Apple reduced its revenue expectations for the first time in 16 years on Wednesday because of poor iPhone sales in China, an unexpected development that underscored the slowing of China’s economy and raised fears of further turmoil in global markets.
Apple’s surprise announcement was the clearest confirmation yet that the Chinese economy is in serious trouble. Beijing’s effort last spring to clamp down on credit, which sparked a slowdown, and an intensifying trade war with the United States have unnerved consumers and businesspeople alike.
“Apple is a bellwether,” said Mark Zandi, chief economist at Moody’s Analytics. “The iPhone is something that everyone knows and buys, and if people aren’t buying it, then that’s a pretty good sign they’re having a hard time.”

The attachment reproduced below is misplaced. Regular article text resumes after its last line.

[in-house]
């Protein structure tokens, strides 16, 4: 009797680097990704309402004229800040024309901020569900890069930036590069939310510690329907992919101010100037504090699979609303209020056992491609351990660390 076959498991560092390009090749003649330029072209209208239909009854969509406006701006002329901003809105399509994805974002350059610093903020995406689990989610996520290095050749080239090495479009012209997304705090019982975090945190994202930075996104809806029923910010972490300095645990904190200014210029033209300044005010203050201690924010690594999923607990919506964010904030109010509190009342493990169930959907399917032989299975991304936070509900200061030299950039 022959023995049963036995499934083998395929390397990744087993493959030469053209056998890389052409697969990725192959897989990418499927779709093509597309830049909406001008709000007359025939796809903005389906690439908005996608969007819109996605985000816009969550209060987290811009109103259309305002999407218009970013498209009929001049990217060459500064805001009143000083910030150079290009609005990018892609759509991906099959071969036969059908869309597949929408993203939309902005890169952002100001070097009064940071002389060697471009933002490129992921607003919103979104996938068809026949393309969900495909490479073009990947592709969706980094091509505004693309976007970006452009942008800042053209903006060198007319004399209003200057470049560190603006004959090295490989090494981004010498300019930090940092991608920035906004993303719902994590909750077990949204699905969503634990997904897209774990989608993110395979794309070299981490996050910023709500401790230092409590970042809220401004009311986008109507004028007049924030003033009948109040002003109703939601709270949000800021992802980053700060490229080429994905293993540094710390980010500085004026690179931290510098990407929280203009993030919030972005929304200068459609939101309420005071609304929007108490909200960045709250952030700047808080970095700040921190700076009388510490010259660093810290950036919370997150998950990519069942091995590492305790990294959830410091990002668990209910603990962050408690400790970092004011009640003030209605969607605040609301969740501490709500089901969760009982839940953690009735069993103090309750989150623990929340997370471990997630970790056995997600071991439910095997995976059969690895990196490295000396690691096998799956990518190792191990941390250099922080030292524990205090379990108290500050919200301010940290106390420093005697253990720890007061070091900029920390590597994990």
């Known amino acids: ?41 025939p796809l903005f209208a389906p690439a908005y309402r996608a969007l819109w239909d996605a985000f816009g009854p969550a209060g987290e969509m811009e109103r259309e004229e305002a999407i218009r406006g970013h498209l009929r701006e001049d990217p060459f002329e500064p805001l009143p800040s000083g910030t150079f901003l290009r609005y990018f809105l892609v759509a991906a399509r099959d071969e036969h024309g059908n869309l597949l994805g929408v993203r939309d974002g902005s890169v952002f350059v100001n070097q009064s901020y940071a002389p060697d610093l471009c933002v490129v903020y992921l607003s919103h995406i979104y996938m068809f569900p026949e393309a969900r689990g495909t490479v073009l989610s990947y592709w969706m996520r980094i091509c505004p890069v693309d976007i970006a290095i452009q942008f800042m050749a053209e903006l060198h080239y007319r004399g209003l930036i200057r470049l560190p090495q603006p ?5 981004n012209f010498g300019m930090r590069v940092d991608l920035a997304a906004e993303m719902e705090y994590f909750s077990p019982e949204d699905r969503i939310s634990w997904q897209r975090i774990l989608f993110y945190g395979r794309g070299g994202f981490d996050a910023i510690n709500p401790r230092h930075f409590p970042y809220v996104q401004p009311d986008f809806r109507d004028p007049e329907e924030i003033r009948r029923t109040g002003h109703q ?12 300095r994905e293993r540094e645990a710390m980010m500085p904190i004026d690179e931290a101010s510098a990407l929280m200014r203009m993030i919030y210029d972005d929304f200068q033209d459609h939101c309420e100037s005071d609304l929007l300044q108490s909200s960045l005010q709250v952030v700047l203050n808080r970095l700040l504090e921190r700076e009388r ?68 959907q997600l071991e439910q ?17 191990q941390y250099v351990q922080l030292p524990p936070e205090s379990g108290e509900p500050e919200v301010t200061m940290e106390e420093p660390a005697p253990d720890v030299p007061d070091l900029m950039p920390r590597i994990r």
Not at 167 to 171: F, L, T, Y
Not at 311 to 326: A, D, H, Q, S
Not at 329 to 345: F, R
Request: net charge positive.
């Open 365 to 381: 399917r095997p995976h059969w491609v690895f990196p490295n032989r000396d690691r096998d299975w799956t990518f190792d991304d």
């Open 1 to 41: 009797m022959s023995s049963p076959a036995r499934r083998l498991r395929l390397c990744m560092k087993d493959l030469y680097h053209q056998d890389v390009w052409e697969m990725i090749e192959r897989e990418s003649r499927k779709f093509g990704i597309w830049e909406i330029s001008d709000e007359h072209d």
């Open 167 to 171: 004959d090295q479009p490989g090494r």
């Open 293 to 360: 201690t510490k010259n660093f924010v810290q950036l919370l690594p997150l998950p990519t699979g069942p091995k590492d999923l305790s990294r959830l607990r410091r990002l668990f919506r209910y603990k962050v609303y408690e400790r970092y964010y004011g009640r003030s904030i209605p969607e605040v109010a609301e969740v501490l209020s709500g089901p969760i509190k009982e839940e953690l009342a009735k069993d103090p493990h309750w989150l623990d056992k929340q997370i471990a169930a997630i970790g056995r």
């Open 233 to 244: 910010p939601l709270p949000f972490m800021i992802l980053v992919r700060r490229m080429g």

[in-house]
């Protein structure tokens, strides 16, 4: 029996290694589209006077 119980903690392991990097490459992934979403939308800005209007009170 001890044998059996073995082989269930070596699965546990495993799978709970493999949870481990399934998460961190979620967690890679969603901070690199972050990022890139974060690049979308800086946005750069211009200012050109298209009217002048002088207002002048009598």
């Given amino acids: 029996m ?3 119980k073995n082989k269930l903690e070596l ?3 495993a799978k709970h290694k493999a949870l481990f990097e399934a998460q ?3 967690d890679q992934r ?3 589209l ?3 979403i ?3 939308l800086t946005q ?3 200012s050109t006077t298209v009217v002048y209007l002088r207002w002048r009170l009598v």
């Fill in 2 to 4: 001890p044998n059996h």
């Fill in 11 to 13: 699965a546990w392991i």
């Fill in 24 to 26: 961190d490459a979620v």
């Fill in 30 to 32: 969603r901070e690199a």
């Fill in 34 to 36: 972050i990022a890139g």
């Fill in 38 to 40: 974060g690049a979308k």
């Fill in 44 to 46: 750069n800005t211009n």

It is not clear whether this is a problem particular to Apple or whether China’s slowing economy will affect other American companies, especially the tech giants and Detroit automakers. Either way, investors are bound to grow nervous, especially after the stock market’s recent gyrations. Tech stocks, which drove much of the bull market of the past few years, have become a drag on it.
With more than 40 stores and hundreds of millions of iPhones sold in the country, few American companies have been as successful as Apple in China — or have as much to lose. China is Apple’s third-largest market, with nearly $52 billion in sales in the company’s most recent fiscal year, mostly from iPhone sales.
The company said it expected revenue of about $84 billion in the quarter that ended Saturday, down from a previous estimate of $89 billion to $93 billion. That would be a nearly 5 percent decline from the same quarter a year ago.